A New Music Theater for the Destruction of Man(kind) : Ulrich Rasche’s Agamemnon at the Ancient Greek Epidaurus Theater

Saturday, Feb 25, 2023

9:00 a.m. - 12:00 p.m.

The music theatre of German director Ulrich Rasche has garnered a cult following in contemporary theatre and music circles and has been labelled “machine theatre”, “techno opera”, “treadmill theatre” and “choir theatre”. In his latest production of Aeschylus’ Agamemnon at the 2022 Athens Epidaurus Theater Festival, a scenic and musical interpretation of the play is performed in the Ancient Theatre of Epidaurus in Greece. Aeschylus’ 458 B.C. play is no less current in our modern time, as Agamemnon triumphantly returns home from the Trojan War after 10 years, only to be slaughtered by his wife Clytemnestra. The textual performance is accompanied (but not superior to) newly composed music by contemporary/pop composer Nico van Wersch. Set for four percussionists on a platform in the center of a revolving mechanical stage, the music mimics the minimalist stage design with repeating patterns that blend with the actors’ monologues and choirs. The live music connects the elements of machine, nature and man, and acts not as background noise, but drives the whole work as its rhythmic structure determines the actors’ continuous steps on top of the revolving stage.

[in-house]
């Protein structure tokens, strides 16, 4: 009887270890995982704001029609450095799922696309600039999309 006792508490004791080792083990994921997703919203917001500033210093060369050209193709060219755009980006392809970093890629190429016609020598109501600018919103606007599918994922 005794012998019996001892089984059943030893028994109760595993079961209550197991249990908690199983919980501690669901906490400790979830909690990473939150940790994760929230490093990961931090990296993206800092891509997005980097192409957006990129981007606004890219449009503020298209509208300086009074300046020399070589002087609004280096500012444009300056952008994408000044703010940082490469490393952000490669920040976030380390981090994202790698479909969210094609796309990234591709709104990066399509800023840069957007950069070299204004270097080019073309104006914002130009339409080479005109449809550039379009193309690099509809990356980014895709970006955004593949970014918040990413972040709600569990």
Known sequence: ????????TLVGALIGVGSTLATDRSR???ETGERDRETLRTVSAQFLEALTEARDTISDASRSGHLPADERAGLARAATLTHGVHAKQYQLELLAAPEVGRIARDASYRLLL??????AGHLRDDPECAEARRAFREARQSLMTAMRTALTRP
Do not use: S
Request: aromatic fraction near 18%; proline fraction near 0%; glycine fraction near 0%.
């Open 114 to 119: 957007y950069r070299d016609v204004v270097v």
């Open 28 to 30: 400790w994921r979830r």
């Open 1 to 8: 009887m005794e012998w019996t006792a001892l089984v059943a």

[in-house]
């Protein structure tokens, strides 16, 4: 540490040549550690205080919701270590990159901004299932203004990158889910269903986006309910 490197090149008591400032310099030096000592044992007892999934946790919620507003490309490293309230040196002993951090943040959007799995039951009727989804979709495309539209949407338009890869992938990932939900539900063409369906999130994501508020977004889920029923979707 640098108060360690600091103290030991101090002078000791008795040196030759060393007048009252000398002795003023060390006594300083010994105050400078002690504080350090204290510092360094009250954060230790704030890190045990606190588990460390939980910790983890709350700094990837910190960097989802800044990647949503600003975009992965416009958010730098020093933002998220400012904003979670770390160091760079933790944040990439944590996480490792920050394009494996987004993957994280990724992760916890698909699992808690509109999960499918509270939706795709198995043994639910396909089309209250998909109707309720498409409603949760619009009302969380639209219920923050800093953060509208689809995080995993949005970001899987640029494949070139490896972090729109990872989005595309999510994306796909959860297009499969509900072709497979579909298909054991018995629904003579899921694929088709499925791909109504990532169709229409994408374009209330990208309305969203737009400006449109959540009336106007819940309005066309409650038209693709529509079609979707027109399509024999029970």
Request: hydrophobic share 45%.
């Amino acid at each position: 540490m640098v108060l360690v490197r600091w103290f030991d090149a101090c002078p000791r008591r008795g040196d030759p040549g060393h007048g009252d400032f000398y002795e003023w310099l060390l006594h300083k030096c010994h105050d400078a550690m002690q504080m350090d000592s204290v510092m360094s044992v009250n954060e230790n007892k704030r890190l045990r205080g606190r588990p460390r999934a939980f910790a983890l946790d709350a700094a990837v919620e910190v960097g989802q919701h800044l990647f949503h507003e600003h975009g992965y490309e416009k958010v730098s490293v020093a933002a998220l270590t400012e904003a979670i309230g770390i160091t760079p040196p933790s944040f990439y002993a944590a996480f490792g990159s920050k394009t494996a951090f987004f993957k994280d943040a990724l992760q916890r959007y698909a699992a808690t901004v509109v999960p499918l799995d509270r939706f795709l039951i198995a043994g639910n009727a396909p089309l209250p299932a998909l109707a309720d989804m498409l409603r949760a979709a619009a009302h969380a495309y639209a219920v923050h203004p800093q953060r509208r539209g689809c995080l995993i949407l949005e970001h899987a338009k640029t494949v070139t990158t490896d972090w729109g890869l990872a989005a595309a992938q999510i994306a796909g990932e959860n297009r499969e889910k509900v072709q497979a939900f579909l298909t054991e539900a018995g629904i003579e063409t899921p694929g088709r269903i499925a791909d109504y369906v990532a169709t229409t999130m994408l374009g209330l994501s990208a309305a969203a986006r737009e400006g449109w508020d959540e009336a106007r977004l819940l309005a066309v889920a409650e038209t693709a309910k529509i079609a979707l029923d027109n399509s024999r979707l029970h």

In this case study, an aesthetic analysis shows a posthuman in new music theatre, but a practical analysis reveals also a transhuman make-up. Comparing elements of Trans- and Technological Post-Humanism outlined by philosopher Janina Loh (2018), as well as her theories on feminist philosophy in technology (2019), bring current philosophical views to critic the music theatre form. Results will be presented on how specific aspects of current technology are used to transform and also transcend human existence within a musical and theatrical setting, and how technology can help form a new feministic perspective on an old character (Clytemnestra). As a musician in the piece, my participant-observations reveal how digitalization tools affected the composition process, the performers’ experience and the sonically immersive outcome.

Katelyn King

A native of Atlanta, USA, Katelyn Rose King is a researcher and performer working in the fields of theatre, music and everywhere in-between. Although classically trained in percussion performance and theatrical music interpretation, she is currently working toward a doctoral degree at the Universität Hildesheim and is part of a research team at the Hochschule der Künste Bern that surveys the new music theatre scene in Switzerland. Katelyn has a Master in Composition and Theory in Théâtre Musical from the HdK Bern, an MMus from McGill University, a BMus from Kennesaw State University and is a Fulbright Scholar.